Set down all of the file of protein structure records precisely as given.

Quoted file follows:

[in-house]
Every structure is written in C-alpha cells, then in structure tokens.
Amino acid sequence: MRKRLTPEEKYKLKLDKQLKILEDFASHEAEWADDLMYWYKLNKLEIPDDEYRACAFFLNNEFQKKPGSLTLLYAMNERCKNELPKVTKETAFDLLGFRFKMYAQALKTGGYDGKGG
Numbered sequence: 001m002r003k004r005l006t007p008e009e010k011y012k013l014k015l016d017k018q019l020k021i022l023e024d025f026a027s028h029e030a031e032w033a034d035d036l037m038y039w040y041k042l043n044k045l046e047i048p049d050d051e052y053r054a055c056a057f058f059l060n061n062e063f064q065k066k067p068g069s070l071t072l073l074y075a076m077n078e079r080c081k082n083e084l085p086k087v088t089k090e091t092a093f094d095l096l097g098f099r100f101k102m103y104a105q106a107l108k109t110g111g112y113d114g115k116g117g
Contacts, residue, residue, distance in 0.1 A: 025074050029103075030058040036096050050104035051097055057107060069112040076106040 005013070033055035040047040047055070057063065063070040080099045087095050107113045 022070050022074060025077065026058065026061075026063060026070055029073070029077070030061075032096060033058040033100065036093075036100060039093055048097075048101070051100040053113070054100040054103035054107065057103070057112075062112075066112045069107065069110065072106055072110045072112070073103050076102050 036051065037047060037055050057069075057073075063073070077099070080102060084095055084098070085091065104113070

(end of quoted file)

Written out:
[in-house]
Every structure is written in C-alpha cells, then in structure tokens.
Amino acid sequence: MRKRLTPEEKYKLKLDKQLKILEDFASHEAEWADDLMYWYKLNKLEIPDDEYRACAFFLNNEFQKKPGSLTLLYAMNERCKNELPKVTKETAFDLLGFRFKMYAQALKTGGYDGKGG
Numbered sequence: 001m002r003k004r005l006t007p008e009e010k011y012k013l014k015l016d017k018q019l020k021i022l023e024d025f026a027s028h029e030a031e032w033a034d035d036l037m038y039w040y041k042l043n044k045l046e047i048p049d050d051e052y053r054a055c056a057f058f059l060n061n062e063f064q065k066k067p068g069s070l071t072l073l074y075a076m077n078e079r080c081k082n083e084l085p086k087v088t089k090e091t092a093f094d095l096l097g098f099r100f101k102m103y104a105q106a107l108k109t110g111g112y113d114g115k116g117g
Contacts, residue, residue, distance in 0.1 A: 025074050029103075030058040036096050050104035051097055057107060069112040076106040 005013070033055035040047040047055070057063065063070040080099045087095050107113045 022070050022074060025077065026058065026061075026063060026070055029073070029077070030061075032096060033058040033100065036093075036100060039093055048097075048101070051100040053113070054100040054103035054107065057103070057112075062112075066112045069107065069110065072106055072110045072112070073103050076102050 036051065037047060037055050057069075057073075063073070077099070080102060084095055084098070085091065104113070